The fact that they sat directly in front of the advancing fire at a proximity that made the observer feel uncomfortable for her safety demonstrates that they were comfortable with their understanding of its behavior and their ability to predict its movements and adjust their responses to it.
No, no, no... Here we disagree: the fact that they danced clapping and jumping directly in front of the advancing fire at a proximity that make any observer of this video feel uncomfortable for their safety demonstrates that they were unaware of the danger, misunderstanding the fire behavior, and adjusting their responses just to the sound of fire, music and crowd altogether.
These behaviors demonstrate the cognitive ability to adjust to a potentially harmful agent.
Mmmmmm... No agreement here either regarding our Homo-Nighclubis sampling.
We propose that the first cognitive stage in the control of fire (i.e. Conceptualization of fire: an understanding of the behavior of fire under varying conditions that would allow one to predict its movement, thus permitting activity in close proximity to the fire) characterizes chimpanzees living today.
We propose that “nightclub” humans didn’t develop this cognitive stage, although they allow themselves activity in close proximity to the fire. In risk terms, this would be like piloting a space shuttle without even knowing what a RC model plane looks like.
The previous point suggests that chimps have formed a mental prediction of the fire’s movement. Variables that should be taken into account include flame height and width and fire intensity, as influenced by topographic and climatic factors. Considering such variables and predicting the behavior of fire is a complex task.
No doubt those predictions are an extremely complex task, which we think not even "daylight" humans (i.e. 100% of the human population not subject @ the moment of study to a nightclub atmosphere and its bizarre effects) are able to develop, and certainly we can assure “nightclub humans” DON´T.
Observations at Fongoli suggest that, like humans, chimpanzees are able to control their fear impulse in response to fire.
Same interpretation here again after observing our sampling behavior, but with the topping that they not only control their fear, but also dance altogether singing to the rhythm of "the roof, the roof is on fire!”, roaring with laughter inside a smoke cloud.

The remaining dominant male exhibited a slow and exaggerated display ‘‘toward’’ the fire in a manner analogous to the ‘‘rain dance’’ exhibited here and elsewhere here chimpanzees have been studied. (Goodall,
Well, we’re not certain about the dominance of those males remaining in the dance club completely ignoring the alarm, but as the chimps did, they exhibited the same slow and exaggerated display ‘‘toward’’ the fire in a manner analogous to the ‘‘rain dance’’.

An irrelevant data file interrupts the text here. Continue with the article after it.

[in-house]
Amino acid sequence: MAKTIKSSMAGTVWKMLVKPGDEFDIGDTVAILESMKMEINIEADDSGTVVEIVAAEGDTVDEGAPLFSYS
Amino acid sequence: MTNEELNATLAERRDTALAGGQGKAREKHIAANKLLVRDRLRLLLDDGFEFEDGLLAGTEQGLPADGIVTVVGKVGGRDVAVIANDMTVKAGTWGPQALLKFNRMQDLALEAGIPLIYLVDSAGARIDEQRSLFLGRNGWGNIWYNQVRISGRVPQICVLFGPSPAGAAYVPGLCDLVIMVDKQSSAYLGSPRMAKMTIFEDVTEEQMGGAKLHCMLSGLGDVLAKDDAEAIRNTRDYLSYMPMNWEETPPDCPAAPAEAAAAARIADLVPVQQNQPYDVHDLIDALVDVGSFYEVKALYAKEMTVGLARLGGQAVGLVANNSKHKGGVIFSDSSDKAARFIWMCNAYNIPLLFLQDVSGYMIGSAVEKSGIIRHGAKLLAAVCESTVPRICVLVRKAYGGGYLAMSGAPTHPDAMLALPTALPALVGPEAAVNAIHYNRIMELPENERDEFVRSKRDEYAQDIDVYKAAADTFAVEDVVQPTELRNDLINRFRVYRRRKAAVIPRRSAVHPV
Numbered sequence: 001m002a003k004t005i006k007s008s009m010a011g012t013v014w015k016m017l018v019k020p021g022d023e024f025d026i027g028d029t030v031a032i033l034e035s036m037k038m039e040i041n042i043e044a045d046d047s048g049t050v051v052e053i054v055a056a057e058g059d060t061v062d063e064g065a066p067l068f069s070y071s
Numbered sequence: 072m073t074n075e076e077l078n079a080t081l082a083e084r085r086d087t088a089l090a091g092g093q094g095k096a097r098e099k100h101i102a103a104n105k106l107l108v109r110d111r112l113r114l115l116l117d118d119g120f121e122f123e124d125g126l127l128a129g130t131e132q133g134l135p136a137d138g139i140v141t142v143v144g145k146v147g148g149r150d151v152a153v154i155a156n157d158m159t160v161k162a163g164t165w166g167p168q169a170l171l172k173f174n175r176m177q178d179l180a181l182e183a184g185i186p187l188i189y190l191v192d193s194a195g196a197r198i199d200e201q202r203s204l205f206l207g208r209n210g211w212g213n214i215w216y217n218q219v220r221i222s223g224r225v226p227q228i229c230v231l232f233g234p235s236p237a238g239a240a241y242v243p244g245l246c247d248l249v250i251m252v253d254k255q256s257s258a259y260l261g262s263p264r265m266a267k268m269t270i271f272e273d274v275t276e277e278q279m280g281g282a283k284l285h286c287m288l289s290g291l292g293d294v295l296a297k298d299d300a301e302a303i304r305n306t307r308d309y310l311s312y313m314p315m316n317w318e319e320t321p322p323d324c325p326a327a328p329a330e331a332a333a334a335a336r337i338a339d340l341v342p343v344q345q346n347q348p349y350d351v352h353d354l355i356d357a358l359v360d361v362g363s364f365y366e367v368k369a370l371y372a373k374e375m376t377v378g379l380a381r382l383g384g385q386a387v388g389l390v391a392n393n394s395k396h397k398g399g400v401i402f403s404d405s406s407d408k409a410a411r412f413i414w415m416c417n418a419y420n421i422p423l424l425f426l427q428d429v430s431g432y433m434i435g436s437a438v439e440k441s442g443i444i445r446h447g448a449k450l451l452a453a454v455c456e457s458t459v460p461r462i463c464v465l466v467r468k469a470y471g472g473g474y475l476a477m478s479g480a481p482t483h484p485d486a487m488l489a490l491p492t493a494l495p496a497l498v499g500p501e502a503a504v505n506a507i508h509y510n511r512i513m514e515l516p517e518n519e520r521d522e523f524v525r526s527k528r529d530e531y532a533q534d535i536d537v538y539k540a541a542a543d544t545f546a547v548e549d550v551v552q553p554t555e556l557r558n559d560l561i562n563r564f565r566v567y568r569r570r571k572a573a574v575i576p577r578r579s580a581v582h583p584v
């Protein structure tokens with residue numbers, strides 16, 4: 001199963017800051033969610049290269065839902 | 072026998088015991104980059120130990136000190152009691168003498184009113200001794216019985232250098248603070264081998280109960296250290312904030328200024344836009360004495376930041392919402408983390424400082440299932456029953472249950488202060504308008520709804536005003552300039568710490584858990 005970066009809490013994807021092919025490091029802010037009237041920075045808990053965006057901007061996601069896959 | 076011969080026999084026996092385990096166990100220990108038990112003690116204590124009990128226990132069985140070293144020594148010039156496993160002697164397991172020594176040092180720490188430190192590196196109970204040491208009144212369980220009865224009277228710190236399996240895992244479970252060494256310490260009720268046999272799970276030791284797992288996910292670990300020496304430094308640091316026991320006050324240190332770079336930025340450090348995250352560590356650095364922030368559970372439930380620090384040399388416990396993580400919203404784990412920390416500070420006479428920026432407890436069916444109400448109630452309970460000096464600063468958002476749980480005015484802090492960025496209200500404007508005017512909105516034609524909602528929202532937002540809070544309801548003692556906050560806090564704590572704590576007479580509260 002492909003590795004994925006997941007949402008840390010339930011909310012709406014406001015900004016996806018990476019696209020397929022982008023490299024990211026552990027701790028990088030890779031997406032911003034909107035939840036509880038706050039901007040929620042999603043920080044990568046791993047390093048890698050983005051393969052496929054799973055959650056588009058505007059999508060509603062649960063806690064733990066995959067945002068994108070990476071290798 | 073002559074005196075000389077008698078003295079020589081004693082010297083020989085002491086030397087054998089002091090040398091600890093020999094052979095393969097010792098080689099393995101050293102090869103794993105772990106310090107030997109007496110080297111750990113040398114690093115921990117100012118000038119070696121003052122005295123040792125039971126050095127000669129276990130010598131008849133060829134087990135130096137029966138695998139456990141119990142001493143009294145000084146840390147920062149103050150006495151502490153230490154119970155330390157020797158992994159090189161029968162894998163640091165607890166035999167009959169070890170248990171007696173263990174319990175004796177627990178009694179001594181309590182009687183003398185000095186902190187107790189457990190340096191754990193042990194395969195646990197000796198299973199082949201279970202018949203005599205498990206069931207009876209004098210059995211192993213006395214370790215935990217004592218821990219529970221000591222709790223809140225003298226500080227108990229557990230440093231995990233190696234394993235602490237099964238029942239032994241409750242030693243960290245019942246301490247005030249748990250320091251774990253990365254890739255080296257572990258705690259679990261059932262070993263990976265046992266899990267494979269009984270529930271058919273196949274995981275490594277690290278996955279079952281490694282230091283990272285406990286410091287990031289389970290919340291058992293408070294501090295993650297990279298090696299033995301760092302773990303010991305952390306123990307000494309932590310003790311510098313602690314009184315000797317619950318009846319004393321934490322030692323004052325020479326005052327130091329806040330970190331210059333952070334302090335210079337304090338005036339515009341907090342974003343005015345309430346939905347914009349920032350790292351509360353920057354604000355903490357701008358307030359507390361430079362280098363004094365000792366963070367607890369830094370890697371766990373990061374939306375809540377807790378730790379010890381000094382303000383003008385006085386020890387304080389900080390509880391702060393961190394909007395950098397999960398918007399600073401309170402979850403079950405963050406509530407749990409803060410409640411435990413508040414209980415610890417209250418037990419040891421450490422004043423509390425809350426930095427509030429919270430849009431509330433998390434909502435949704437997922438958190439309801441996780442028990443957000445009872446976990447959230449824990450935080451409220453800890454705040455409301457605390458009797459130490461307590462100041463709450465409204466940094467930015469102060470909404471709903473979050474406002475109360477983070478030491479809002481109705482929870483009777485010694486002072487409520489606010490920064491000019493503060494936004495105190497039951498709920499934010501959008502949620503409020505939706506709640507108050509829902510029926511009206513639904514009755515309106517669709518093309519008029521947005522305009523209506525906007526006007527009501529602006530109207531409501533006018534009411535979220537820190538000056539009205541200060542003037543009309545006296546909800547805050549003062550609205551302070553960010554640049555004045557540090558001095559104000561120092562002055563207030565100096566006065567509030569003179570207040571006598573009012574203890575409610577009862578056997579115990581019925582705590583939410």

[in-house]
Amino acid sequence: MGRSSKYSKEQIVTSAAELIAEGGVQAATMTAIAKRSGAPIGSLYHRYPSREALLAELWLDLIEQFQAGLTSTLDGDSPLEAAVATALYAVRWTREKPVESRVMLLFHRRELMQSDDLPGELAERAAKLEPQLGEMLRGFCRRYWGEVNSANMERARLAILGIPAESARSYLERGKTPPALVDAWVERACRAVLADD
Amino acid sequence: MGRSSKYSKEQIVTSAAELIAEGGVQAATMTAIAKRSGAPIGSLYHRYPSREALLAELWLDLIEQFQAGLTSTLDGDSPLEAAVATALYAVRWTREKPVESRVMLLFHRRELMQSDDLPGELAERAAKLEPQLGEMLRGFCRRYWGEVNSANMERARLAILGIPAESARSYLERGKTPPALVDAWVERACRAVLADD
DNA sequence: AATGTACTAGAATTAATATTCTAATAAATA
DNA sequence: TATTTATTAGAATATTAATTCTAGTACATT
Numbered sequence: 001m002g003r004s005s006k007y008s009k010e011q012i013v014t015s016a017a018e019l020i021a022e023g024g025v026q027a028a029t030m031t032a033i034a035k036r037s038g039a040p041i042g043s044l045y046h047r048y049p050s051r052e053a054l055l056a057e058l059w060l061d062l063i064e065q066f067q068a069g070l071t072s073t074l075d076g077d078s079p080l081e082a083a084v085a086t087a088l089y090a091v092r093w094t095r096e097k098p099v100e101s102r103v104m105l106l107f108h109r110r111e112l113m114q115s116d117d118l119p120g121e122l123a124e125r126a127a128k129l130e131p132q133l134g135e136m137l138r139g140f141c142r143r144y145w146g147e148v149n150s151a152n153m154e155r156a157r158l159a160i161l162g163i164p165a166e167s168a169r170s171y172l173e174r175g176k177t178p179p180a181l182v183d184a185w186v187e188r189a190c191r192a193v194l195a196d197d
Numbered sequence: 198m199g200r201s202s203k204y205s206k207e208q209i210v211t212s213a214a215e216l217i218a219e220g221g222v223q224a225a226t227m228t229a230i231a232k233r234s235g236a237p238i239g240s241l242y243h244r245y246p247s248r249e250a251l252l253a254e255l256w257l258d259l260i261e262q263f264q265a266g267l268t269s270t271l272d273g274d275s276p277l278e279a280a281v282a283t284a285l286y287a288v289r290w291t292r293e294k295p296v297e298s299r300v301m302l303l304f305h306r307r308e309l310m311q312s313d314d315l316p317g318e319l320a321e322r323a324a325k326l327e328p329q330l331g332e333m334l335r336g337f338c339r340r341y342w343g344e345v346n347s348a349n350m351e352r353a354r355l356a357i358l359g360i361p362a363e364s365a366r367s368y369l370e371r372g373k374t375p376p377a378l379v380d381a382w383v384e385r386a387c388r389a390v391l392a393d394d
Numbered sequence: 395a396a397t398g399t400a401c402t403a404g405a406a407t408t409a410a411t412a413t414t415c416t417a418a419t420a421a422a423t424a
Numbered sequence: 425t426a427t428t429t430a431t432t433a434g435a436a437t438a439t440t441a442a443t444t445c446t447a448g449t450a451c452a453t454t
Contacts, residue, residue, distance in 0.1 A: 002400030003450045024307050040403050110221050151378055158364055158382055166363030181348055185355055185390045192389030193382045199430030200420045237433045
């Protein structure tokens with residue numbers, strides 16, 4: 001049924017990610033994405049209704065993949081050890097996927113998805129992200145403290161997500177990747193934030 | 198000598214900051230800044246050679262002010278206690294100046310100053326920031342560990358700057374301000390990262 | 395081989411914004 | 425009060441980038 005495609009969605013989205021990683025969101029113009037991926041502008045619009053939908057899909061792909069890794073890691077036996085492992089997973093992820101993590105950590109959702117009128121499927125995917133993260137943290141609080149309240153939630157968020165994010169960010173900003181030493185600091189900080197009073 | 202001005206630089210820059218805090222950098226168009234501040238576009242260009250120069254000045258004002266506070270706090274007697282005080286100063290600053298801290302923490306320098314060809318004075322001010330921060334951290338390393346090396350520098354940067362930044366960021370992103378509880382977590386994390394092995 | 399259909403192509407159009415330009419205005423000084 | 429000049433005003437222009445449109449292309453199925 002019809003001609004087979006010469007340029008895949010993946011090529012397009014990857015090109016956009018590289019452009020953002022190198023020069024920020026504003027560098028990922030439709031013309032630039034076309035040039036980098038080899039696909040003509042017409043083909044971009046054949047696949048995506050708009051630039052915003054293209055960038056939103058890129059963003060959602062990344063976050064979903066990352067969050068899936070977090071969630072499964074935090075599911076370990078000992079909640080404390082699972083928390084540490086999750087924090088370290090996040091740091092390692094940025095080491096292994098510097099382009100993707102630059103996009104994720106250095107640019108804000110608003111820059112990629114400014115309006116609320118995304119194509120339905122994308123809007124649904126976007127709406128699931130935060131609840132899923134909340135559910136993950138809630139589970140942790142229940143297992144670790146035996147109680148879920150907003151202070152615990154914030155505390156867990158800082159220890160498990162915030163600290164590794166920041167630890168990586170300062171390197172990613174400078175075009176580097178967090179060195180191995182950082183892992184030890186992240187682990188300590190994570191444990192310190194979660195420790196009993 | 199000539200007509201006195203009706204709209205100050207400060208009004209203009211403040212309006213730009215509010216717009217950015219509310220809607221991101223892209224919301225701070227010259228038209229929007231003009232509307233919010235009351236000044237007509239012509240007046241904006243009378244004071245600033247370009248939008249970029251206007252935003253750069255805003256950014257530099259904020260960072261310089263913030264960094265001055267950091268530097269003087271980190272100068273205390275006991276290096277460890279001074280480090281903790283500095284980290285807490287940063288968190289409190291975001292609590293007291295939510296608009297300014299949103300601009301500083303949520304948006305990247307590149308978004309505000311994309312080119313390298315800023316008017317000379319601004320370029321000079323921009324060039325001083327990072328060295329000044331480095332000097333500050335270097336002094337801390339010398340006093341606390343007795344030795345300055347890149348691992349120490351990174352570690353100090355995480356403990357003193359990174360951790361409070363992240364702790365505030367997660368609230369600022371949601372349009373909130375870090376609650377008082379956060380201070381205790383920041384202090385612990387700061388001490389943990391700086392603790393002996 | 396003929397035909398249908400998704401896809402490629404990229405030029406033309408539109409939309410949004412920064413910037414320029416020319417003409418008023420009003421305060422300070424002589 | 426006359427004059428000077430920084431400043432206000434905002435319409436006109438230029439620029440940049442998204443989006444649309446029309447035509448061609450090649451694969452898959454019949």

It seems like humans can transform into other species in nightclubs, isn’t it…? No doubt about it, and we’re only analyzing the fire behavior, let’s not even go to the reaction to flirting!

Concluding, if we accept the idea that conceptualization of fire is prerequisite to its control and use, then identifying such conceptualization at a more basal node in the hominid phylogeny than previously hypothesized (i.e. chimps or better because of their lower evolutionary state “nightclub” humans) implies that control and use might have been possible earlier than formerly thought based on the date of first appearance in the fossil record. Thus, if the cognitive underpinnings of fire conceptualization are a primitive hominid trait, hypotheses geared to explaining the control and use of fire in certain taxa may need to be re-examined!

As a final word on the Luna Nightclub fire, we would like to say that, as no one was injured, we looked at this emergency with a little bit of a sense of humour. But nevertheless, this combination of nightclub (usually overcrowded) + fireworks + alcohol have proved to be one of the most lethal combinations leading to high death tolls. Some examples of this are (Source is NFPA files on major fire incidents):

Iroquois Theater, Chicago, IL, 1903. Deaths: 602

Disco/dance hall, Gothenburg, Sweden, 1998. Deaths: 63

Disco/dance hall, Luoyang, China, 2000. Deaths: 309

The Station nightclub, W. Warwick, RI, 2003. Deaths: 100

Republica Cromagnon, Buenos Aires, Argentina, 2004, Deaths: 194

So, the message –in this case without sense of humour- goes to society as a whole: we must take care of ourselves, and this situation it means that those “nightclub humans” should be protected by the hole “system” (codes, enforcement, fire safety engineers, owner of nightclubs, etc…) as we cannot expect them to have a nice and organized evacuation in case of emergency. It is the society’s responsibility to protect this people (ourselves!) to be subject to a dangerous similar situation as the one recorded in this movie.

by Agustin Majdalani, BRE Centre for Fire Safety Engineering, University of Edinburgh.